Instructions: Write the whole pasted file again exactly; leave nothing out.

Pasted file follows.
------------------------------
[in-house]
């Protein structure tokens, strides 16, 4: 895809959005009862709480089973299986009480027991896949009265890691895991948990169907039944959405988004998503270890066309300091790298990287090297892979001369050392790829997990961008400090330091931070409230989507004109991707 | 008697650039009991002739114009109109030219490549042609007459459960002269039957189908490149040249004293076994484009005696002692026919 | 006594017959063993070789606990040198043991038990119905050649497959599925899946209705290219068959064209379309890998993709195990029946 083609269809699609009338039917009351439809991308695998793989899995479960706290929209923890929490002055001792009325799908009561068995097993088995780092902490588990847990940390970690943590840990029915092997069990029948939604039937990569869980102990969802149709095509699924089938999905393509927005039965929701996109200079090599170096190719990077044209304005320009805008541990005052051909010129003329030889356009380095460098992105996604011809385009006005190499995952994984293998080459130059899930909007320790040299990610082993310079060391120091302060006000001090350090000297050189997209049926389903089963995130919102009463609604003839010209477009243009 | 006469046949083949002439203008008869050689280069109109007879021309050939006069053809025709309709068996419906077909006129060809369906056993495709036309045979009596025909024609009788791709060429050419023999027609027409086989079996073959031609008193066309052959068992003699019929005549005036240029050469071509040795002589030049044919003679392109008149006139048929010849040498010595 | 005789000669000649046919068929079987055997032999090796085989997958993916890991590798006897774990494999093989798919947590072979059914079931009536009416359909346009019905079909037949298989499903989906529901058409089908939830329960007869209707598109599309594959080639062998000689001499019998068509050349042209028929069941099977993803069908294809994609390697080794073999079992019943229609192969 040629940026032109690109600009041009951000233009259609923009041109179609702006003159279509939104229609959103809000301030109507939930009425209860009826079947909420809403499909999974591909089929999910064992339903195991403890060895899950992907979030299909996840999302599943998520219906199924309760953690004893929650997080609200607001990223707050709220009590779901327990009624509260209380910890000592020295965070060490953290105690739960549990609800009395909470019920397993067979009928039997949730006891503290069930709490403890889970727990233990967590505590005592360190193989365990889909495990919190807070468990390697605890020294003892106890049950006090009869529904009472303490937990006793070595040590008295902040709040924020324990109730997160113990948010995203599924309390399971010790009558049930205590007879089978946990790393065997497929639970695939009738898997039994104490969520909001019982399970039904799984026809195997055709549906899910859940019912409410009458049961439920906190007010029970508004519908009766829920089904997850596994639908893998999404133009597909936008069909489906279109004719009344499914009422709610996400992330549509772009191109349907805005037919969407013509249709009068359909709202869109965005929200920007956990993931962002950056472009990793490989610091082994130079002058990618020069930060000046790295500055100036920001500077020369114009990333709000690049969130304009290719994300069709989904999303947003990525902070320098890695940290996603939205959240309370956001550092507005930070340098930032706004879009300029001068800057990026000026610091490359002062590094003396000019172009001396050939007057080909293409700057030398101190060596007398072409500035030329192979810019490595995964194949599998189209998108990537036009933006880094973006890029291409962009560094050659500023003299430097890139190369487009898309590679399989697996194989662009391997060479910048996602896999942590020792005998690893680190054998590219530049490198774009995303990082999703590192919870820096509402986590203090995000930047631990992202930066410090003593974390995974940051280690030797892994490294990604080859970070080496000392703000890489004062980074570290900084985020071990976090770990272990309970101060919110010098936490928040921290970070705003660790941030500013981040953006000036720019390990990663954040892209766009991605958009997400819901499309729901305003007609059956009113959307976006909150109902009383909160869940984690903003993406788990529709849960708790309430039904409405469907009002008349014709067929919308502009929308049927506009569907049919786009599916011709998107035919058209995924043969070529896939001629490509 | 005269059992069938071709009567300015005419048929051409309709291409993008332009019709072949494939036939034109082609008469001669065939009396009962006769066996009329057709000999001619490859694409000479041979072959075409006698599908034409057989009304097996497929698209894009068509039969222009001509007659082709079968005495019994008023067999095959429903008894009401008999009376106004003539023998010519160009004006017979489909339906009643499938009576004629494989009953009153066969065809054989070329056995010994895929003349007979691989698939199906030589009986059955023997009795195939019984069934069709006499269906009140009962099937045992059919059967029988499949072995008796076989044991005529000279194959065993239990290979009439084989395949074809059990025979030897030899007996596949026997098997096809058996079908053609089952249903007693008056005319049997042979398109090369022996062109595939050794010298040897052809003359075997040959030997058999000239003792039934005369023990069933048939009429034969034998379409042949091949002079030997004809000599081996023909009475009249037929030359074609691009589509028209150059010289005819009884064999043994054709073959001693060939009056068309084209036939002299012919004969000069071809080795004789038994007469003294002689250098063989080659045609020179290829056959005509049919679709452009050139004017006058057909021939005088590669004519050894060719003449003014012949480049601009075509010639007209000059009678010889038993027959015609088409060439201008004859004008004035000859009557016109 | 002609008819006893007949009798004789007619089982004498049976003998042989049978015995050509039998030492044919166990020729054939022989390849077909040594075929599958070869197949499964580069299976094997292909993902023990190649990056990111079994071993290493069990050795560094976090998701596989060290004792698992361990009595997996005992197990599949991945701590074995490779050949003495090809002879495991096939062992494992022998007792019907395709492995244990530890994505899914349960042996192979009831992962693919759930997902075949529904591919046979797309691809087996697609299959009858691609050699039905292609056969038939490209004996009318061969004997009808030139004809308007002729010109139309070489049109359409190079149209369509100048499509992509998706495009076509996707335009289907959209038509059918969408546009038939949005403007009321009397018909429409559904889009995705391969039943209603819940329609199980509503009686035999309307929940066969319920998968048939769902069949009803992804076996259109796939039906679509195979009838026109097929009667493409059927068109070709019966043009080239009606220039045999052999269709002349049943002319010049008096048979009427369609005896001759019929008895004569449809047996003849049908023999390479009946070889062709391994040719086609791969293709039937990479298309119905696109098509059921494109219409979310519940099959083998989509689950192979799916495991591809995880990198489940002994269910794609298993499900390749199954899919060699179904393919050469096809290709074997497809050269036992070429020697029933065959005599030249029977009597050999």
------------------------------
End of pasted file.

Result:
[in-house]
């Protein structure tokens, strides 16, 4: 895809959005009862709480089973299986009480027991896949009265890691895991948990169907039944959405988004998503270890066309300091790298990287090297892979001369050392790829997990961008400090330091931070409230989507004109991707 | 008697650039009991002739114009109109030219490549042609007459459960002269039957189908490149040249004293076994484009005696002692026919 | 006594017959063993070789606990040198043991038990119905050649497959599925899946209705290219068959064209379309890998993709195990029946 083609269809699609009338039917009351439809991308695998793989899995479960706290929209923890929490002055001792009325799908009561068995097993088995780092902490588990847990940390970690943590840990029915092997069990029948939604039937990569869980102990969802149709095509699924089938999905393509927005039965929701996109200079090599170096190719990077044209304005320009805008541990005052051909010129003329030889356009380095460098992105996604011809385009006005190499995952994984293998080459130059899930909007320790040299990610082993310079060391120091302060006000001090350090000297050189997209049926389903089963995130919102009463609604003839010209477009243009 | 006469046949083949002439203008008869050689280069109109007879021309050939006069053809025709309709068996419906077909006129060809369906056993495709036309045979009596025909024609009788791709060429050419023999027609027409086989079996073959031609008193066309052959068992003699019929005549005036240029050469071509040795002589030049044919003679392109008149006139048929010849040498010595 | 005789000669000649046919068929079987055997032999090796085989997958993916890991590798006897774990494999093989798919947590072979059914079931009536009416359909346009019905079909037949298989499903989906529901058409089908939830329960007869209707598109599309594959080639062998000689001499019998068509050349042209028929069941099977993803069908294809994609390697080794073999079992019943229609192969 040629940026032109690109600009041009951000233009259609923009041109179609702006003159279509939104229609959103809000301030109507939930009425209860009826079947909420809403499909999974591909089929999910064992339903195991403890060895899950992907979030299909996840999302599943998520219906199924309760953690004893929650997080609200607001990223707050709220009590779901327990009624509260209380910890000592020295965070060490953290105690739960549990609800009395909470019920397993067979009928039997949730006891503290069930709490403890889970727990233990967590505590005592360190193989365990889909495990919190807070468990390697605890020294003892106890049950006090009869529904009472303490937990006793070595040590008295902040709040924020324990109730997160113990948010995203599924309390399971010790009558049930205590007879089978946990790393065997497929639970695939009738898997039994104490969520909001019982399970039904799984026809195997055709549906899910859940019912409410009458049961439920906190007010029970508004519908009766829920089904997850596994639908893998999404133009597909936008069909489906279109004719009344499914009422709610996400992330549509772009191109349907805005037919969407013509249709009068359909709202869109965005929200920007956990993931962002950056472009990793490989610091082994130079002058990618020069930060000046790295500055100036920001500077020369114009990333709000690049969130304009290719994300069709989904999303947003990525902070320098890695940290996603939205959240309370956001550092507005930070340098930032706004879009300029001068800057990026000026610091490359002062590094003396000019172009001396050939007057080909293409700057030398101190060596007398072409500035030329192979810019490595995964194949599998189209998108990537036009933006880094973006890029291409962009560094050659500023003299430097890139190369487009898309590679399989697996194989662009391997060479910048996602896999942590020792005998690893680190054998590219530049490198774009995303990082999703590192919870820096509402986590203090995000930047631990992202930066410090003593974390995974940051280690030797892994490294990604080859970070080496000392703000890489004062980074570290900084985020071990976090770990272990309970101060919110010098936490928040921290970070705003660790941030500013981040953006000036720019390990990663954040892209766009991605958009997400819901499309729901305003007609059956009113959307976006909150109902009383909160869940984690903003993406788990529709849960708790309430039904409405469907009002008349014709067929919308502009929308049927506009569907049919786009599916011709998107035919058209995924043969070529896939001629490509 | 005269059992069938071709009567300015005419048929051409309709291409993008332009019709072949494939036939034109082609008469001669065939009396009962006769066996009329057709000999001619490859694409000479041979072959075409006698599908034409057989009304097996497929698209894009068509039969222009001509007659082709079968005495019994008023067999095959429903008894009401008999009376106004003539023998010519160009004006017979489909339906009643499938009576004629494989009953009153066969065809054989070329056995010994895929003349007979691989698939199906030589009986059955023997009795195939019984069934069709006499269906009140009962099937045992059919059967029988499949072995008796076989044991005529000279194959065993239990290979009439084989395949074809059990025979030897030899007996596949026997098997096809058996079908053609089952249903007693008056005319049997042979398109090369022996062109595939050794010298040897052809003359075997040959030997058999000239003792039934005369023990069933048939009429034969034998379409042949091949002079030997004809000599081996023909009475009249037929030359074609691009589509028209150059010289005819009884064999043994054709073959001693060939009056068309084209036939002299012919004969000069071809080795004789038994007469003294002689250098063989080659045609020179290829056959005509049919679709452009050139004017006058057909021939005088590669004519050894060719003449003014012949480049601009075509010639007209000059009678010889038993027959015609088409060439201008004859004008004035000859009557016109 | 002609008819006893007949009798004789007619089982004498049976003998042989049978015995050509039998030492044919166990020729054939022989390849077909040594075929599958070869197949499964580069299976094997292909993902023990190649990056990111079994071993290493069990050795560094976090998701596989060290004792698992361990009595997996005992197990599949991945701590074995490779050949003495090809002879495991096939062992494992022998007792019907395709492995244990530890994505899914349960042996192979009831992962693919759930997902075949529904591919046979797309691809087996697609299959009858691609050699039905292609056969038939490209004996009318061969004997009808030139004809308007002729010109139309070489049109359409190079149209369509100048499509992509998706495009076509996707335009289907959209038509059918969408546009038939949005403007009321009397018909429409559904889009995705391969039943209603819940329609199980509503009686035999309307929940066969319920998968048939769902069949009803992804076996259109796939039906679509195979009838026109097929009667493409059927068109070709019966043009080239009606220039045999052999269709002349049943002319010049008096048979009427369609005896001759019929008895004569449809047996003849049908023999390479009946070889062709391994040719086609791969293709039937990479298309119905696109098509059921494109219409979310519940099959083998989509689950192979799916495991591809995880990198489940002994269910794609298993499900390749199954899919060699179904393919050469096809290709074997497809050269036992070429020697029933065959005599030249029977009597050999």